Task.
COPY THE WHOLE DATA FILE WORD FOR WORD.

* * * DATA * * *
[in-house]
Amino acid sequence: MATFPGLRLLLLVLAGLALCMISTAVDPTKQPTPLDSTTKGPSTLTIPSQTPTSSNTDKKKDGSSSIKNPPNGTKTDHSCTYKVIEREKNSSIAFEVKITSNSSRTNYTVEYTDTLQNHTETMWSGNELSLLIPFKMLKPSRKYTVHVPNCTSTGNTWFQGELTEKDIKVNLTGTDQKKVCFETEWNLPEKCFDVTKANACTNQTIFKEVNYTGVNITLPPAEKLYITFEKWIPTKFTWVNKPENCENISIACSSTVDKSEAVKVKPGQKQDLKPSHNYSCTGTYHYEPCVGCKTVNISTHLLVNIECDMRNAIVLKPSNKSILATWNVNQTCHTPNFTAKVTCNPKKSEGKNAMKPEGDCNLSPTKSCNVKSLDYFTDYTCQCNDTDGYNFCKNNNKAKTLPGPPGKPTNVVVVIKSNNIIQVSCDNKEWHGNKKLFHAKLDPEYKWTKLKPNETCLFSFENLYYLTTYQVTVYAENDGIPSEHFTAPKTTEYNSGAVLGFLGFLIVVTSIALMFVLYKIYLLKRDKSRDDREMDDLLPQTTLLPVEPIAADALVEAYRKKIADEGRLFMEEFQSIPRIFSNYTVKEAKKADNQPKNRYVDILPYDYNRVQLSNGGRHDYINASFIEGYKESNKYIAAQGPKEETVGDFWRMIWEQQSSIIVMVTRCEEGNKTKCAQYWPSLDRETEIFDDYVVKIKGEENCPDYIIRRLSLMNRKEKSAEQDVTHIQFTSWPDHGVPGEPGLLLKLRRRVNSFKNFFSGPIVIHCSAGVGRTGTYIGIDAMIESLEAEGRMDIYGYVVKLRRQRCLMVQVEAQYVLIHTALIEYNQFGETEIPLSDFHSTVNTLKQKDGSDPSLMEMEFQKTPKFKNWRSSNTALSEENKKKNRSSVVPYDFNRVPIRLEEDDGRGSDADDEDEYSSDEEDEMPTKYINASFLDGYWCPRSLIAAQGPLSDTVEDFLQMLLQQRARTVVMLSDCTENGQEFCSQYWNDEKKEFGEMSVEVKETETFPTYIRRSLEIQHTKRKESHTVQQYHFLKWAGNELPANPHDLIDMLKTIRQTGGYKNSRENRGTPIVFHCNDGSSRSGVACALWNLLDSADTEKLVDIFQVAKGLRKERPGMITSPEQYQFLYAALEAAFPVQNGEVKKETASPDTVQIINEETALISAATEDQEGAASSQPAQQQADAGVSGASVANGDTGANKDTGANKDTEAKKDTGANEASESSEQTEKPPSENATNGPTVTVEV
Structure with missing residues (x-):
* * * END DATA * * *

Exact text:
[in-house]
Amino acid sequence: MATFPGLRLLLLVLAGLALCMISTAVDPTKQPTPLDSTTKGPSTLTIPSQTPTSSNTDKKKDGSSSIKNPPNGTKTDHSCTYKVIEREKNSSIAFEVKITSNSSRTNYTVEYTDTLQNHTETMWSGNELSLLIPFKMLKPSRKYTVHVPNCTSTGNTWFQGELTEKDIKVNLTGTDQKKVCFETEWNLPEKCFDVTKANACTNQTIFKEVNYTGVNITLPPAEKLYITFEKWIPTKFTWVNKPENCENISIACSSTVDKSEAVKVKPGQKQDLKPSHNYSCTGTYHYEPCVGCKTVNISTHLLVNIECDMRNAIVLKPSNKSILATWNVNQTCHTPNFTAKVTCNPKKSEGKNAMKPEGDCNLSPTKSCNVKSLDYFTDYTCQCNDTDGYNFCKNNNKAKTLPGPPGKPTNVVVVIKSNNIIQVSCDNKEWHGNKKLFHAKLDPEYKWTKLKPNETCLFSFENLYYLTTYQVTVYAENDGIPSEHFTAPKTTEYNSGAVLGFLGFLIVVTSIALMFVLYKIYLLKRDKSRDDREMDDLLPQTTLLPVEPIAADALVEAYRKKIADEGRLFMEEFQSIPRIFSNYTVKEAKKADNQPKNRYVDILPYDYNRVQLSNGGRHDYINASFIEGYKESNKYIAAQGPKEETVGDFWRMIWEQQSSIIVMVTRCEEGNKTKCAQYWPSLDRETEIFDDYVVKIKGEENCPDYIIRRLSLMNRKEKSAEQDVTHIQFTSWPDHGVPGEPGLLLKLRRRVNSFKNFFSGPIVIHCSAGVGRTGTYIGIDAMIESLEAEGRMDIYGYVVKLRRQRCLMVQVEAQYVLIHTALIEYNQFGETEIPLSDFHSTVNTLKQKDGSDPSLMEMEFQKTPKFKNWRSSNTALSEENKKKNRSSVVPYDFNRVPIRLEEDDGRGSDADDEDEYSSDEEDEMPTKYINASFLDGYWCPRSLIAAQGPLSDTVEDFLQMLLQQRARTVVMLSDCTENGQEFCSQYWNDEKKEFGEMSVEVKETETFPTYIRRSLEIQHTKRKESHTVQQYHFLKWAGNELPANPHDLIDMLKTIRQTGGYKNSRENRGTPIVFHCNDGSSRSGVACALWNLLDSADTEKLVDIFQVAKGLRKERPGMITSPEQYQFLYAALEAAFPVQNGEVKKETASPDTVQIINEETALISAATEDQEGAASSQPAQQQADAGVSGASVANGDTGANKDTGANKDTEAKKDTGANEASESSEQTEKPPSENATNGPTVTVEV
Structure with missing residues (x-):